Oceanic Convection in the Greenland Sea Odden Region as Interpreted in Satellite Data
Generating regional sea ice distribution.
Soils provide a habitat for a variety of organisms, a nutrient-rich medium for vegetation to take root and grow, and a filtration system for surface water. Understanding the conditions of the soil as well as the amount of moisture in the soil allows us to better forecast droughts and floods.
Back from the Field
A new surface model with an improved ability to reflect soil conditions, leading to more accurate precipitation forecasting.
Drought on the range
Ranchers want to know what to do about dry spells.
Looking for mud
Scientists stumble on a weird way to measure the moisture in soil.
The dirt on tornadoes
Moisture on the ground may fuel more violence in the sky.
The Magic of Water
Soil moisture is one of the components of land-surface evapotranspiration, and is a required parameter for evaporation calculations.
Rounding up Data with a Golden Lasso: Getting Soil Moisture Data from SMAP to DAAC
NASA's SMAP team turns raw satellite data into more than a dozen data products for data users around the world.
Surface water includes lakes, rivers, and generally all water flowing across the surface of Earth. Understanding this important piece of the water cycle allows us to better prepare for and respond to weather-related events and provides an assessment of freshwater availability.
Cattle crops and coral: Flood plumes and the Great Barrier Reef
Understanding river runoff will help solidify the link between land use and coral health.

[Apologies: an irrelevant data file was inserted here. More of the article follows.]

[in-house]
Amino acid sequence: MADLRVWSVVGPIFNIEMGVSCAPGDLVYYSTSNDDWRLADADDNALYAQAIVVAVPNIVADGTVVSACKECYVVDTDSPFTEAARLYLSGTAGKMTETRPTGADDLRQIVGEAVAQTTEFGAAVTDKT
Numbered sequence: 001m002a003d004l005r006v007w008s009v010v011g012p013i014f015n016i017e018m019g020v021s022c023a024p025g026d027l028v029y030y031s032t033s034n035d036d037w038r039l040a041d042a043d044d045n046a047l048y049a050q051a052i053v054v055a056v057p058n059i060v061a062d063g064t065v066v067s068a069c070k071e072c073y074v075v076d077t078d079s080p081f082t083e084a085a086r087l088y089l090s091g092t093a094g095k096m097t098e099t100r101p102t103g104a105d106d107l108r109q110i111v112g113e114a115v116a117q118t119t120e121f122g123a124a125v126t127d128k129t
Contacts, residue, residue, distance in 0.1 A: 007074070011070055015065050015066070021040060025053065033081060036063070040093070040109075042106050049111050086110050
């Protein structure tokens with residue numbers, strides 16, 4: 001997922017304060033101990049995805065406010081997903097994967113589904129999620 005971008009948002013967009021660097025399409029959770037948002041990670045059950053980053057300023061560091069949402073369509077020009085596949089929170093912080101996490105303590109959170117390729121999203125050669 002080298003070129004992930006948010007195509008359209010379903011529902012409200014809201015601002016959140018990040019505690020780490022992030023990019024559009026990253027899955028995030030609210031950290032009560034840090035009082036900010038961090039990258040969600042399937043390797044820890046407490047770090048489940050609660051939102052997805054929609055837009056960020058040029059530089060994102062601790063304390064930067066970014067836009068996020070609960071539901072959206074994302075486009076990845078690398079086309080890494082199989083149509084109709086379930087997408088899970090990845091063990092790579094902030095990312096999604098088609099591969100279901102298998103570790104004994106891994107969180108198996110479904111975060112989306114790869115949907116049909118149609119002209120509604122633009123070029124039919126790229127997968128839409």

Mapping stormwater runoff in Southern California helps keep toxins at bay. (Surface Water)
A tale of two rivers
Complex structures keep the Mississippi River out of the Atchafalaya, for now.
Connecting the drops
Scientists take a census of water.
Sensing the swamp beneath the trees
A technique to study land senses water-level changes in the Mississippi River delta.
To the lighthouse
Where is the water going in the Great Lakes?
Where the wetlands are
A new map breaks down conservation borders.
Understanding the impact of river hydrology helps researchers assess the status of an entire basin.
Waiting for Gojal
Scientists and satellites hold vigil on a newborn lake in Pakistan.
The availability of clean water for consumption and use is essential. Monitoring water quality from remotely-sensed data provides a measure of ocean color, which is affected by chlorophyll content, sediment, and dissolved organic matter.
Cleaner water from space
Scientists use satellites to help keep water fit to drink.
Freezing in a warming world
The Easter Freeze of 2007 provides clues to the future of plants.
Cold symmetric and cryptic
Researchers aim a barrage of sensors at nature's most enduring hieroglyphs.
New methods help Argentinian farmers brace for bad weather.
Two meteorologists pioneered a new application of a single passive microwave frequency using DAAC data in 1995.
Daymet Data Take the Planet's Pulse
Daymet data from NASA’s Oak Ridge National Laboratory Distributed Active Archive Center (ORNL DAAC) provide almost 40 years of weather measurements for North America and are ORNL DAAC’s most popular products.
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Meet some of the scientists using Earthdata for freshwater research and applications around the world.
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Last Updated: Jun 13, 2019 at 2:14 PM EDT